Shane Black and Drew Pearce bring the funny! Iron Man 3 benefits from the momentum provided by The Avengers and is a decent bounceback after the dreadful Iron Man 2. Yeah, Cheadle is still a waste and the Extremis powered bad guys are a little anonymous, but Black injected some authorial life into what could have been another anonymous affair. I also loved the Die Hard-Christmas vibe that is the backdrop for the movie's events, a constant in Shane Black's work. And yes, I thought the Iron Patriot armor was pretty nifty as well. It's the first Marvel movie (other than The Avengers and then later Guardians of the Galaxy) where you can feel the finger-print of its filmmaker throughout, instead of the journeymen that were helming these projects pre-Avengers. The only major detriment to the film, and why it doesn't rank higher, is its fairly dull third act which includes the ridiculous visual of "super-powered" Gwyneth Paltrow, and Guy Pearce (who I love dearly) playing another member of the forgettable Marvel villain brigade. Sadly, my favorite moment in the movie (the Mandarin twist) is also the point at which the film becomes its most generic.
I have really warmed to Kenneth Branagh's sole Marvel effort in recent years. Yes, its production design borders on laughable and Hemsworth has more chemistry with Hiddleston than he does with Natalie Portman (and their romance is written about as well), but there's a level of straight-forwardness on display here that makes Thor a relatively refreshing watch, especially with the growing complexity and interconnectedness of the Marvel oeuvre. Sometimes the power of a simple story is all you need, and Branagh and company nail the glowing majesty of Asgard along with the tried and true "fish out of water" elements that are especially carried by Hemsworth, whose voice is all I hear now whenever I read a Thor comic. Marvel has yet to produce a Thor film that I'd call essential, but this is as good as it gets so far.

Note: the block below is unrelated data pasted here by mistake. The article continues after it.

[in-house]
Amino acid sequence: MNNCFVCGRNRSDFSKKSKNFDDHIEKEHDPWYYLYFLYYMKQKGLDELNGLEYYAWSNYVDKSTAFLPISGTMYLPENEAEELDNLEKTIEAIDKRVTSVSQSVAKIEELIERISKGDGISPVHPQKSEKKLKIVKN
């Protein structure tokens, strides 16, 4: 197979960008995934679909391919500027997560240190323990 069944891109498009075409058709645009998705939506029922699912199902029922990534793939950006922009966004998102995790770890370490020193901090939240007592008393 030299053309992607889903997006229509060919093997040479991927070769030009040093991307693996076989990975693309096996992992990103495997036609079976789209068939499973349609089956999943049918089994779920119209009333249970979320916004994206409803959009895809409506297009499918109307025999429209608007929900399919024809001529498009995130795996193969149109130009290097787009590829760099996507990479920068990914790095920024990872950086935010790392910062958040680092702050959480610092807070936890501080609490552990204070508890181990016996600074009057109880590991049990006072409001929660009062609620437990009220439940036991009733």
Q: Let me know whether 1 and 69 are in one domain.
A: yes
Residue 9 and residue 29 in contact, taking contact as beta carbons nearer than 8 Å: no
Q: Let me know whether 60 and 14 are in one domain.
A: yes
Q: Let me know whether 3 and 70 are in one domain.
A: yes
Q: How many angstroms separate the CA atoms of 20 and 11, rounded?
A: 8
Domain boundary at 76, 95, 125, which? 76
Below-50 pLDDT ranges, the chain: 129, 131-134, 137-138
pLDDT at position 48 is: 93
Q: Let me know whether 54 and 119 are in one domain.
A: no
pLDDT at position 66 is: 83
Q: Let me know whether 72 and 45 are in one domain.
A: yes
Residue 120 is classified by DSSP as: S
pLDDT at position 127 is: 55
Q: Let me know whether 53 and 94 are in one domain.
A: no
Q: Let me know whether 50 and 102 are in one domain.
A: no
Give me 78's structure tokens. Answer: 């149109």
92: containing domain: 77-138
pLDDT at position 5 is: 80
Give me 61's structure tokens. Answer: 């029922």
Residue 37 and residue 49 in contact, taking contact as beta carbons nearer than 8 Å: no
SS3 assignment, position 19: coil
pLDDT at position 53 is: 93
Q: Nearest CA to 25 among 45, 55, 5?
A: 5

5. Guardians of the Galaxy
A lot of fun. The plot itself is no great shakes, and feels a little overly familiar, but James Gunn and a surprisingly humorous cast (Dave Bautista is hilarious as Drax especially) that makes it all come together. The dialogue is razor sharp and full of wit, and Chris Pratt's Peter Quill is probably the heir apparent to Downey's Tony Stark for the "loveable asshole" crown of the Marvel universe. Guardians also benefits from being separated from the other goings-on related to S.H.I.E.L.D., Loki and the Earth-bound concerns of the previous films. Someone could go see this film and know not a lick about The Avengers, and could enjoy it on its own space opera merits. And much like Shane Black before him, you can see Gunn straining the limits of Marvel Studios' house-style, to the benefit of fans. Its also gorgeously shot with meticulously designed worlds and colors galore!
4. Captain America: The First Avenger
The team behind this first Captain America film had a big of challenge ahead of them. How do you portray Marvel's most virtuous character without resorting to outright jingoism? Pulling together a mixture of writers that love the source material (Chris McFeely and Stephen Markus), a director familiar with period pieces (Joe Johnston), and the perfect leading man (Chris Evans) and you have the perfect combo to tackle this challenge. In so doing, they end up creating a fun adventure romp that up to that point was Marvel's most comic-book faithful film. It's still pretty cheesy in parts, but gloriously so and it's incredibly stylized and doesn't fall victim to the "filmed in a rush, looking cheap" trap that Thor did just a few months before. This debut feature for Cap also has my favorite love story in the entire Marvel filmography, subtle, well written and with some great back and forth between Evans and Atwell. Sure, the Red Skull is pretty poorly used, the third act montage is an annoyance, and the film completely whiffs the Steve-Bucky relationship. But, when you've got a film that includes all of the Howling Commandos, crazy World War II era planes, and an awesome show-tune number written by Alan Menken, you have a real winner on your hands, all things considered.